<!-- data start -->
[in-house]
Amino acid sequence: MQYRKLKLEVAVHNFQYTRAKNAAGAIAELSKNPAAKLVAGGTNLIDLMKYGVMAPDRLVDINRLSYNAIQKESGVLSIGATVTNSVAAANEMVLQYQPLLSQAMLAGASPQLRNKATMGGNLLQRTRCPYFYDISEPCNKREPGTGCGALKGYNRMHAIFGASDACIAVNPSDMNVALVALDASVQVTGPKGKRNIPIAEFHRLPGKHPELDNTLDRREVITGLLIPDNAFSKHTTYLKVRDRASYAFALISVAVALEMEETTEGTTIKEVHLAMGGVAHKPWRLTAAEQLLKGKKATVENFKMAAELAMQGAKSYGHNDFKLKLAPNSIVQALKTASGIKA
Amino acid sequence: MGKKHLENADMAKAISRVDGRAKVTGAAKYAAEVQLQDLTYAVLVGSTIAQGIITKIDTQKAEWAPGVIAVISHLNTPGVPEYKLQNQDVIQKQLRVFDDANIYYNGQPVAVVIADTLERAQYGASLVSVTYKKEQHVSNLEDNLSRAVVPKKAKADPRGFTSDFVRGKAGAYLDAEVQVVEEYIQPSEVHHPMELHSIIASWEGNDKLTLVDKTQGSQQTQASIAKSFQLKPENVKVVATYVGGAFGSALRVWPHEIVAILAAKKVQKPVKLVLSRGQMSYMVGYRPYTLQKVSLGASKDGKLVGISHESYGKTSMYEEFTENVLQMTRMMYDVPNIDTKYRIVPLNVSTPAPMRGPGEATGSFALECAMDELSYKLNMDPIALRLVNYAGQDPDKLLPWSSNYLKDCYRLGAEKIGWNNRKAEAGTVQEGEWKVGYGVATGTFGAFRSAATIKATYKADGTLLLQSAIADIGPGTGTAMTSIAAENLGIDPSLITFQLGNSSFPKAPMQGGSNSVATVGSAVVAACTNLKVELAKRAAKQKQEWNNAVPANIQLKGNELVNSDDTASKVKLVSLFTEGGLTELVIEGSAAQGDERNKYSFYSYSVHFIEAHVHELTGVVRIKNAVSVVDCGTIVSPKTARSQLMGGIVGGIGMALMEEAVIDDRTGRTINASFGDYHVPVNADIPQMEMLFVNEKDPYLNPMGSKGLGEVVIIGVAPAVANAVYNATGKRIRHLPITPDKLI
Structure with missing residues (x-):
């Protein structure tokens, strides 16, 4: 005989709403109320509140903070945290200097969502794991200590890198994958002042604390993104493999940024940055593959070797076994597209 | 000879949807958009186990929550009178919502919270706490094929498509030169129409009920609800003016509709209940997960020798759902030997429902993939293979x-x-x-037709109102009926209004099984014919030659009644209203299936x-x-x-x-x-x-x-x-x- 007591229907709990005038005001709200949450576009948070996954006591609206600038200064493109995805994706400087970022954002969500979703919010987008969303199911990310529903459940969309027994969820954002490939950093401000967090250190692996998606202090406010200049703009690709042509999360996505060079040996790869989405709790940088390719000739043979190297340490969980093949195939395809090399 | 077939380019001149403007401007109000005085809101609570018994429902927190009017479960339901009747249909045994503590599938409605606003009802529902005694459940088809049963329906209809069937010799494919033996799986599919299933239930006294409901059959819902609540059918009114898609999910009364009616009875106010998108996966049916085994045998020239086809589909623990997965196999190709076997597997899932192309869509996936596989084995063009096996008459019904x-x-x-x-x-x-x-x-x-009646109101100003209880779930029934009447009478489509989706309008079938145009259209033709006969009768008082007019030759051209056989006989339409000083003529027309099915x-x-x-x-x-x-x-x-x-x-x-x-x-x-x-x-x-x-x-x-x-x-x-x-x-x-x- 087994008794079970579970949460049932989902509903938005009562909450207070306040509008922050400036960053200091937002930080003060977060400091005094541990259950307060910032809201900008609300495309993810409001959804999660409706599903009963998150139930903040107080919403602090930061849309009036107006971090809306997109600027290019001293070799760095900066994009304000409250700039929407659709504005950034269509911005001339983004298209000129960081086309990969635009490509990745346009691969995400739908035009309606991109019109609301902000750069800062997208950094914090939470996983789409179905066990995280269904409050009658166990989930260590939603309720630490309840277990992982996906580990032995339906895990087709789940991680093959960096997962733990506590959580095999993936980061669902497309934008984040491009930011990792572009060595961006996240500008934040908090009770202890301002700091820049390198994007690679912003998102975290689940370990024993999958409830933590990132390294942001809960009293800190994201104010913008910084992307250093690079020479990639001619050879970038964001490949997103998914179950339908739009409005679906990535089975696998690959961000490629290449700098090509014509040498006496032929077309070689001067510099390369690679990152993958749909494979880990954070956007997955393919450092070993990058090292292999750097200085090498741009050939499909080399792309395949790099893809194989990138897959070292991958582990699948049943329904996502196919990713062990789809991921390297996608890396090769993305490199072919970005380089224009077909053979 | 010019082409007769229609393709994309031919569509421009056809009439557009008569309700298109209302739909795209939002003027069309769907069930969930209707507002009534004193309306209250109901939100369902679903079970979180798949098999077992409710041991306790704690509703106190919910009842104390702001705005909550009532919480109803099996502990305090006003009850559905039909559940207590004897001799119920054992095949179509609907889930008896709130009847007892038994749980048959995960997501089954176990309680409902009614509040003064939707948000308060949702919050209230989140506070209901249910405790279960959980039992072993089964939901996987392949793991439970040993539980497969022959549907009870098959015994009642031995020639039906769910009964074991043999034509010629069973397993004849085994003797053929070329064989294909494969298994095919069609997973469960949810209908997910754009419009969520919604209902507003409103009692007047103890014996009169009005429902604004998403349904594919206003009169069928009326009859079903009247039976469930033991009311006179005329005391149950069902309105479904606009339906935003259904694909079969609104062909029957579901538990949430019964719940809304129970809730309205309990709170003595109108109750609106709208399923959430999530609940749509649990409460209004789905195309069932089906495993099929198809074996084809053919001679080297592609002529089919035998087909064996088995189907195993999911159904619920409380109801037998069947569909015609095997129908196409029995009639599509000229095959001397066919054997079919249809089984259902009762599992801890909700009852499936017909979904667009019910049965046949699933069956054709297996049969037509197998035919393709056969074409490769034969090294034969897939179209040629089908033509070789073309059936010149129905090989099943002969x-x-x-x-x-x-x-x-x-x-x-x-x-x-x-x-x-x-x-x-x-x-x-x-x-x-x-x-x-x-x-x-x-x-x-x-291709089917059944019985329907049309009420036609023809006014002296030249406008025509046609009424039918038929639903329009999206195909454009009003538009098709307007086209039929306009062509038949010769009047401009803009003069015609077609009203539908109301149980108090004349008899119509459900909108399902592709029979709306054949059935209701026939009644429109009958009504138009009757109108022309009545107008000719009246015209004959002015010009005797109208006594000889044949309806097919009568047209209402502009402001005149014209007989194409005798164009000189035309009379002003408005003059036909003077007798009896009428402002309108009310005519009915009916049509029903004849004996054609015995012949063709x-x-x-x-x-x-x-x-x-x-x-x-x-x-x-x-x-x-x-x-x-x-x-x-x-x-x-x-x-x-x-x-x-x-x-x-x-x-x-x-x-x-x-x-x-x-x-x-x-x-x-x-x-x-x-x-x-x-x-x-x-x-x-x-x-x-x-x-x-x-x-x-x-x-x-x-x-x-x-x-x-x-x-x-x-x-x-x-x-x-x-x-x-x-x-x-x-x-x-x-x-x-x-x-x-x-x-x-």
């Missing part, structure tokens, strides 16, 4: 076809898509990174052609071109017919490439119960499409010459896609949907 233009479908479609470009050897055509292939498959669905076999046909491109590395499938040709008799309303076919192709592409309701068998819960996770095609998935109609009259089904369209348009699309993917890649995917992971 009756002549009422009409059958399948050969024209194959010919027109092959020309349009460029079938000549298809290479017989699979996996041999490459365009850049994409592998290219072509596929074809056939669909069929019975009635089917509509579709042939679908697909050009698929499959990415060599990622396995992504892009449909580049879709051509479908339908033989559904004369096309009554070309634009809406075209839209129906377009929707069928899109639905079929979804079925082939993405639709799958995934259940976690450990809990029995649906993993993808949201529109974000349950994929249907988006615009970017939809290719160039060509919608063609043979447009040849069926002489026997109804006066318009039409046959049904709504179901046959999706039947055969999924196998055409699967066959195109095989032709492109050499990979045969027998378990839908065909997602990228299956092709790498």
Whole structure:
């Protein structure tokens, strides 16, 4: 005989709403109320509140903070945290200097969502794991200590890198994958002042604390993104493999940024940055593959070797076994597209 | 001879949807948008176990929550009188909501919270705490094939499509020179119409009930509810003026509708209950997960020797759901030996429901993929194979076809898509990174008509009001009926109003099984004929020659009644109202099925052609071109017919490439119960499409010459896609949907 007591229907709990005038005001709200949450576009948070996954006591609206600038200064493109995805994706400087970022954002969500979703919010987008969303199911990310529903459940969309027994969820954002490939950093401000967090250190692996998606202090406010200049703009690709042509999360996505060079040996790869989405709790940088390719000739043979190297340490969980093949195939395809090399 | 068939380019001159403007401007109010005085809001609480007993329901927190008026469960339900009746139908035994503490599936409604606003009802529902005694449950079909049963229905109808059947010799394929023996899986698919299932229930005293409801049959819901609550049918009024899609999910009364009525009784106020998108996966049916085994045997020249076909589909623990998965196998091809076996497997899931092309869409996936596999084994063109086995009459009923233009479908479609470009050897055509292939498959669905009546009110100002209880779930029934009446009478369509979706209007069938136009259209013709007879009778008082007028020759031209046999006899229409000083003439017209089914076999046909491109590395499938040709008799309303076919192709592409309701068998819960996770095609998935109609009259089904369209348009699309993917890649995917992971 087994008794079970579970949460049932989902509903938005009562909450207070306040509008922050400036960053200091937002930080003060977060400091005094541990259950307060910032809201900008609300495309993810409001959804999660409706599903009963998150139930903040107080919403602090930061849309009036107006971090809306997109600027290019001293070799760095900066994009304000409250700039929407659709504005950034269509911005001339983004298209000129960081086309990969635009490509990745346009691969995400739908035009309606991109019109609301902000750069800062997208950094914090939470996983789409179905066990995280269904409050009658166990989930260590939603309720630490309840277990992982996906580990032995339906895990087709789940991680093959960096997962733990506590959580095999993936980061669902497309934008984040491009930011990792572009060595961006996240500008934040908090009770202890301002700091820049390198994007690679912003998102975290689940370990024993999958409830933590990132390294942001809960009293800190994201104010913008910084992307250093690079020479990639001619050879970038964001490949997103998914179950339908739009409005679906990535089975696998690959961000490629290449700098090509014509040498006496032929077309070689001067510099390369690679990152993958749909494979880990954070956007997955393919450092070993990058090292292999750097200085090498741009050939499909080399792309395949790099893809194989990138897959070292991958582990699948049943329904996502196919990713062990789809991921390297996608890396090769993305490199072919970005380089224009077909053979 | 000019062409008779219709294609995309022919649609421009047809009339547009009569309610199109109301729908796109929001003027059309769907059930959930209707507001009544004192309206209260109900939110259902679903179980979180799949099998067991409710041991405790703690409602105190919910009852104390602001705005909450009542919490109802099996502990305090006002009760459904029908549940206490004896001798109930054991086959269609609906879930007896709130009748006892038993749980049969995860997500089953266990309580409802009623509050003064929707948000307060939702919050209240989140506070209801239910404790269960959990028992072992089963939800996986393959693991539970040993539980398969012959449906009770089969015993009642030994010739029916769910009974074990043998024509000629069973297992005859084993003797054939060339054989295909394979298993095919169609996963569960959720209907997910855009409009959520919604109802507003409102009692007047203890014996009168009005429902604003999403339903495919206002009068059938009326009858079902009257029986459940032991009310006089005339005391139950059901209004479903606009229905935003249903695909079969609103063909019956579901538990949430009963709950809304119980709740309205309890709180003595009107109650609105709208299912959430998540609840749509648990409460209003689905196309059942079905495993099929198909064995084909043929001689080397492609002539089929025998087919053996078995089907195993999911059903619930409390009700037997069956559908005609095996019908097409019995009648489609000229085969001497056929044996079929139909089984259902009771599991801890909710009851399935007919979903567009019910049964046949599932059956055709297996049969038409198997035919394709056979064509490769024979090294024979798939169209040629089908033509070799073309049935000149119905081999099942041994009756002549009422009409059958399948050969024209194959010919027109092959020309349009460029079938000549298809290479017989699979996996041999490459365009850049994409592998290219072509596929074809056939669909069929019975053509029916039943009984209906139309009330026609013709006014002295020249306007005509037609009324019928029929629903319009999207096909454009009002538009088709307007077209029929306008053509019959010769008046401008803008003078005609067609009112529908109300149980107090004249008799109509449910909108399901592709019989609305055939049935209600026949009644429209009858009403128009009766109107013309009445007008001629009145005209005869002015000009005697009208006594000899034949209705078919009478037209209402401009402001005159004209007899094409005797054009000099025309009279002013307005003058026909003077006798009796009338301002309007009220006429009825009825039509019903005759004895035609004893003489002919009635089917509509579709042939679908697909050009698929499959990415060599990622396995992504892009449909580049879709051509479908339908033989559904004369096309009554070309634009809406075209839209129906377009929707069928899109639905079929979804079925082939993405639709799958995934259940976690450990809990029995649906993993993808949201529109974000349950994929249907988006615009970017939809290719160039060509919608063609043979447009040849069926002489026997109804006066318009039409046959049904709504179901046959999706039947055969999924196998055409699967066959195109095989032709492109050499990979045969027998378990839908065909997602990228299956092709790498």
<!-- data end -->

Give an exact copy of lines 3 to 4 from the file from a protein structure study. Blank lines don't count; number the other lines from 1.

Amino acid sequence: MGKKHLENADMAKAISRVDGRAKVTGAAKYAAEVQLQDLTYAVLVGSTIAQGIITKIDTQKAEWAPGVIAVISHLNTPGVPEYKLQNQDVIQKQLRVFDDANIYYNGQPVAVVIADTLERAQYGASLVSVTYKKEQHVSNLEDNLSRAVVPKKAKADPRGFTSDFVRGKAGAYLDAEVQVVEEYIQPSEVHHPMELHSIIASWEGNDKLTLVDKTQGSQQTQASIAKSFQLKPENVKVVATYVGGAFGSALRVWPHEIVAILAAKKVQKPVKLVLSRGQMSYMVGYRPYTLQKVSLGASKDGKLVGISHESYGKTSMYEEFTENVLQMTRMMYDVPNIDTKYRIVPLNVSTPAPMRGPGEATGSFALECAMDELSYKLNMDPIALRLVNYAGQDPDKLLPWSSNYLKDCYRLGAEKIGWNNRKAEAGTVQEGEWKVGYGVATGTFGAFRSAATIKATYKADGTLLLQSAIADIGPGTGTAMTSIAAENLGIDPSLITFQLGNSSFPKAPMQGGSNSVATVGSAVVAACTNLKVELAKRAAKQKQEWNNAVPANIQLKGNELVNSDDTASKVKLVSLFTEGGLTELVIEGSAAQGDERNKYSFYSYSVHFIEAHVHELTGVVRIKNAVSVVDCGTIVSPKTARSQLMGGIVGGIGMALMEEAVIDDRTGRTINASFGDYHVPVNADIPQMEMLFVNEKDPYLNPMGSKGLGEVVIIGVAPAVANAVYNATGKRIRHLPITPDKLI
Structure with missing residues (x-):